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Research into workplace LLN levels reveals "disturbing" picture

05 November, 2013

New research into levels of language, literacy and numeracy (LLN) in the workplace has revealed a "disturbing" picture, Innes Willox, AiGroup chief executive has said in a recent statement.

AiGroup research showed 93 per cent of employers reported low LLN levels are impacting negatively on their businesses.

The report "Getting it Right: Foundation Skills for the Workforce" surveyed a number of companies across the manufacturing, services, construction and mining sectors and found low levels of LLN were significantly contributing to the completion of workplace documents and reports (21 per cent), time wasting (17.7 per cent) and materials wastage (11.5 per cent). 

"This did vary between the company sizes with inadequate completion of workplace documents and reports more prominent in medium (19.8 per cent) and large (18.6 per cent) companies than it was in small businesses (15 per cent)," Willox said.

"Time wasting was more keenly felt in small (17.2 per cent) and medium enterprises (16.8 per cent).  Material wastage (14.4 per cent) was also a key concern for smaller companies.

"This behaviour is supported by the recent data from the Australian Bureau of Statistics which shows that 44 per cent of Australians aged 15 – 74 have literacy skills below Level 3 (Level 1 being the lowest) and that 55 per cent had numeracy skills below Level 3.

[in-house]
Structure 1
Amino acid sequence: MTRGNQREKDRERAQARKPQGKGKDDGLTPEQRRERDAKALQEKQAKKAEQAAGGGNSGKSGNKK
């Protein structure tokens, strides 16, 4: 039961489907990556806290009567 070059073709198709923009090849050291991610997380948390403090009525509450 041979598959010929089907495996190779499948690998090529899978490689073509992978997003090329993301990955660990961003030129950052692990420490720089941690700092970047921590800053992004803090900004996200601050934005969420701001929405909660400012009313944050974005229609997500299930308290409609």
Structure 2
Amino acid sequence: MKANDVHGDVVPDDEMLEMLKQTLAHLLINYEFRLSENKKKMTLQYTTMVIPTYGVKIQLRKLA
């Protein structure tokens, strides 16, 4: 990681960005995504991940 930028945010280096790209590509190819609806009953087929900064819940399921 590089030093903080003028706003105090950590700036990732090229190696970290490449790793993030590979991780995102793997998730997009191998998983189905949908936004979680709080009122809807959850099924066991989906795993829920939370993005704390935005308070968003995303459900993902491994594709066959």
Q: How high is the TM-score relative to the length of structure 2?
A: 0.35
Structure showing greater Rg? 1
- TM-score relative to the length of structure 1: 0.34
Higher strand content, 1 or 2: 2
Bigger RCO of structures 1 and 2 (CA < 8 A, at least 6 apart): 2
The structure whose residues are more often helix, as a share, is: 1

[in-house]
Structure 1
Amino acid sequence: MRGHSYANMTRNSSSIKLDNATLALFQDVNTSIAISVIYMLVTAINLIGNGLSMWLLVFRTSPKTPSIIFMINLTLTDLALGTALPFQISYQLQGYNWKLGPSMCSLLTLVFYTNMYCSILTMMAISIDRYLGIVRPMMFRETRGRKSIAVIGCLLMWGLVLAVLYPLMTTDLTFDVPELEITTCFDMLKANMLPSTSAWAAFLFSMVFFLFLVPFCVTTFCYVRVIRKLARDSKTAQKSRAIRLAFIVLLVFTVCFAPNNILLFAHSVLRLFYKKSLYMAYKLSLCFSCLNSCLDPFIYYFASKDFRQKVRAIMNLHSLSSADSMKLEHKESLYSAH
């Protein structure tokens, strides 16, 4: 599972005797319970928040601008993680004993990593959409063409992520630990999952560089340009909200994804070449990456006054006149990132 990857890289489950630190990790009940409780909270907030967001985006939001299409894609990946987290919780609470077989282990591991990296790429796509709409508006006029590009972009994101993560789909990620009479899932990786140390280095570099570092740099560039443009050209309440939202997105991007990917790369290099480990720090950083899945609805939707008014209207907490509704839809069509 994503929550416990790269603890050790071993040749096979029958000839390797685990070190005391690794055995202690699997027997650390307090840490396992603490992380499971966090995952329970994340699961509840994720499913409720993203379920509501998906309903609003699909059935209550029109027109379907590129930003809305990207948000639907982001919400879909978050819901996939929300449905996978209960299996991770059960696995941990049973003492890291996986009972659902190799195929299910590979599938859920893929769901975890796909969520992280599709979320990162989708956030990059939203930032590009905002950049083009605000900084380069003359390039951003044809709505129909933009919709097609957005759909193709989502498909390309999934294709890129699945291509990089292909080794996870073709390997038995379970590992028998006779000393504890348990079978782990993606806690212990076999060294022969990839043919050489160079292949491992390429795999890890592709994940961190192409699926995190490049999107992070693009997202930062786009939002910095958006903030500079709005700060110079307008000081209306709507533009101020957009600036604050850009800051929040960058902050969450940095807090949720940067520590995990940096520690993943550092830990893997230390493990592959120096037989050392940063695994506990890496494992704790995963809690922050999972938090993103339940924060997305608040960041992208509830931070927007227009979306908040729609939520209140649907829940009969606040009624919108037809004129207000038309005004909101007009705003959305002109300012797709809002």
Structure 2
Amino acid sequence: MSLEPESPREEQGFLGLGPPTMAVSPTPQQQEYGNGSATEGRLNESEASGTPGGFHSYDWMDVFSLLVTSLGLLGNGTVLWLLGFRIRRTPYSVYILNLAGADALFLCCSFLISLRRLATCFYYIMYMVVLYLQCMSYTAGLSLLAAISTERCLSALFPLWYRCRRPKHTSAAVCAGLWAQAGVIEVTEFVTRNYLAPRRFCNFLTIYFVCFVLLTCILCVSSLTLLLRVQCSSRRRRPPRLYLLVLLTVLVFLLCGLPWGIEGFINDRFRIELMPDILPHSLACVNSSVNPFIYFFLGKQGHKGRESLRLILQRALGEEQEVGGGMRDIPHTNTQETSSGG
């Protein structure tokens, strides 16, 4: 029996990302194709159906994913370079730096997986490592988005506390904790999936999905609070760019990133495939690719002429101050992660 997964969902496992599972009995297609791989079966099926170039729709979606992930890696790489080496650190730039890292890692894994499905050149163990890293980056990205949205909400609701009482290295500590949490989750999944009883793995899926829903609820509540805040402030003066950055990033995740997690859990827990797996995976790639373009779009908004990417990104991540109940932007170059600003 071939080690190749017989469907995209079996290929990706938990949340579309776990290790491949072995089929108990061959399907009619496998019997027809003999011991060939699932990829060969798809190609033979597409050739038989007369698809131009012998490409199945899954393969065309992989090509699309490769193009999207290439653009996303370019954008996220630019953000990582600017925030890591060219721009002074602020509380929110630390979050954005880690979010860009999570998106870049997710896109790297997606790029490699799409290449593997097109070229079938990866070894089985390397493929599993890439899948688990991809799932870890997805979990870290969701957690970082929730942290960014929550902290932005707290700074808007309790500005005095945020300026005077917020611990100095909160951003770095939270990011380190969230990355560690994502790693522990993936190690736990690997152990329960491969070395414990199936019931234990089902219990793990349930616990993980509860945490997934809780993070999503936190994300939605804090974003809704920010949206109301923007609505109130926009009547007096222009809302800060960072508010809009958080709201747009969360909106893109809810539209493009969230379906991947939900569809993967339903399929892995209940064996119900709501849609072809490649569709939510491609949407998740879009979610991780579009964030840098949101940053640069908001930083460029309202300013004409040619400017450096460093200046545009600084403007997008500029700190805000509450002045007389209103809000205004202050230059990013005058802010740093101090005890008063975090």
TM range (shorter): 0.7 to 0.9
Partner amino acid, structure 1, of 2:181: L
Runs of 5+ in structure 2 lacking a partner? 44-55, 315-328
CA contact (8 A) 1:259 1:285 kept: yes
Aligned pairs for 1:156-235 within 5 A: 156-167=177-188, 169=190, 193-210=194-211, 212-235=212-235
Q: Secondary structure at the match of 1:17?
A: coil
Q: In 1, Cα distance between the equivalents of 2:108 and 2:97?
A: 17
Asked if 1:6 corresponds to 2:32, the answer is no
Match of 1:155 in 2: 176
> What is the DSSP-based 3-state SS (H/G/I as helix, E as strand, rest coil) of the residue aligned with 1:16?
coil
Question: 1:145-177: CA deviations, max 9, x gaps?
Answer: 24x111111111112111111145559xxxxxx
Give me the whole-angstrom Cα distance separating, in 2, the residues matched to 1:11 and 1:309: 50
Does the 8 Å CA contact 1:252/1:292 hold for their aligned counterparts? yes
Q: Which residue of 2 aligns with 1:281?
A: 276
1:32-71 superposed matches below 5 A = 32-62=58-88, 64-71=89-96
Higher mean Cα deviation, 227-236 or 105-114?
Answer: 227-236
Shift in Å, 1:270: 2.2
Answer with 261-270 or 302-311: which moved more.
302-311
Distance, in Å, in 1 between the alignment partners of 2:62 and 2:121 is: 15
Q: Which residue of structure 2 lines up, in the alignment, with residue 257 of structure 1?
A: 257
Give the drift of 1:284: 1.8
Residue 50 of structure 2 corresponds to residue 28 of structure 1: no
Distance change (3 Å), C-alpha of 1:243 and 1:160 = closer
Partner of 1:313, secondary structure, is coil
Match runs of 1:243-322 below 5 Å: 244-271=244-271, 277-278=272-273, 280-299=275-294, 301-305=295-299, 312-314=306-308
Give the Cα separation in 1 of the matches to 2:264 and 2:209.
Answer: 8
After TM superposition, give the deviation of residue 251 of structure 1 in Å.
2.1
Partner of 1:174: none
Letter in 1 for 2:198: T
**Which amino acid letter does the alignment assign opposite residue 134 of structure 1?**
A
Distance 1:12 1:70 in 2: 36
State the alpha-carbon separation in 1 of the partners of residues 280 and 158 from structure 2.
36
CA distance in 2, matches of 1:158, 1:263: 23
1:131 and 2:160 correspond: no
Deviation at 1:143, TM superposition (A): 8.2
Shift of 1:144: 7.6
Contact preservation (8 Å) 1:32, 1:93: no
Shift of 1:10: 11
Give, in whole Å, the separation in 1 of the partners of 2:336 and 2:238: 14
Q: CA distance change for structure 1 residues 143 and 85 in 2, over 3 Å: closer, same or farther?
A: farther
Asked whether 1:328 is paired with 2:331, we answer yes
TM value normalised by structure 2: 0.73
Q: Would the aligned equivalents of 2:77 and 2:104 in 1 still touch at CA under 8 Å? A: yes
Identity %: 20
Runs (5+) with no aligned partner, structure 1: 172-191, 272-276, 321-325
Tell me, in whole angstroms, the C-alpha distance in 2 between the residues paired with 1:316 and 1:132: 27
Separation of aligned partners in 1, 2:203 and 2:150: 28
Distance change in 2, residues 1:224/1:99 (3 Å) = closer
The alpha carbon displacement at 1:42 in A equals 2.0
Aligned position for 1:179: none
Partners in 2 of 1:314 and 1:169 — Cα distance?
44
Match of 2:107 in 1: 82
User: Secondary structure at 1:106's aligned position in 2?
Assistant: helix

"While this represents a slight improvement in literacy and a slight deterioration in numeracy compared to previous results, it is clear that a major problem still exists.

"The report is the latest in continued work from Ai Group in this very important policy space.  It clearly demonstrates that the Workplace English Language and Literacy (WELL) program has had insufficient impact on employers with only 7 per cent reporting to have used it. 

"Instead, the most common solution to low LLN levels appears to be internal company training (30.4 per cent) and skill development support (26.7 per cent), although these both have had limited impact.

Willox concluded: "To better address this chronic problem we believe it is time to implement priority three of the National Foundation Skills Strategy — strengthen foundation skills in the workplace — in conjunction with industry. 

"As part of a national public awareness campaign this should also include the new Foundational Skills Training Package and strengthening the WELL program broker service. 

"The Australian economy urgently needs to lift productivity and we cannot do this without increasingly higher levels of the workforce foundation skills."

Read the full report

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Goldie | Saturday, November 9, 2013, 7:51 AM
The social engineers are to busy telling the young that the basics are no longer required in their perfect world. Instead understanding horrible consumerism, how bad western people are, compassion for everyone and every thing, the environment and how we are trashing the planet and understanding Aboriginal culture are the new pathway to the future for our kids so they say. Pretty soon it will be a basic human right to pass whatever is put in front of them as exams will be old hat and surely discriminatory. Being able to read and write and add up, ah, so yesterday, you don't need it in the social engineers and our 'every one must win' world it is your right.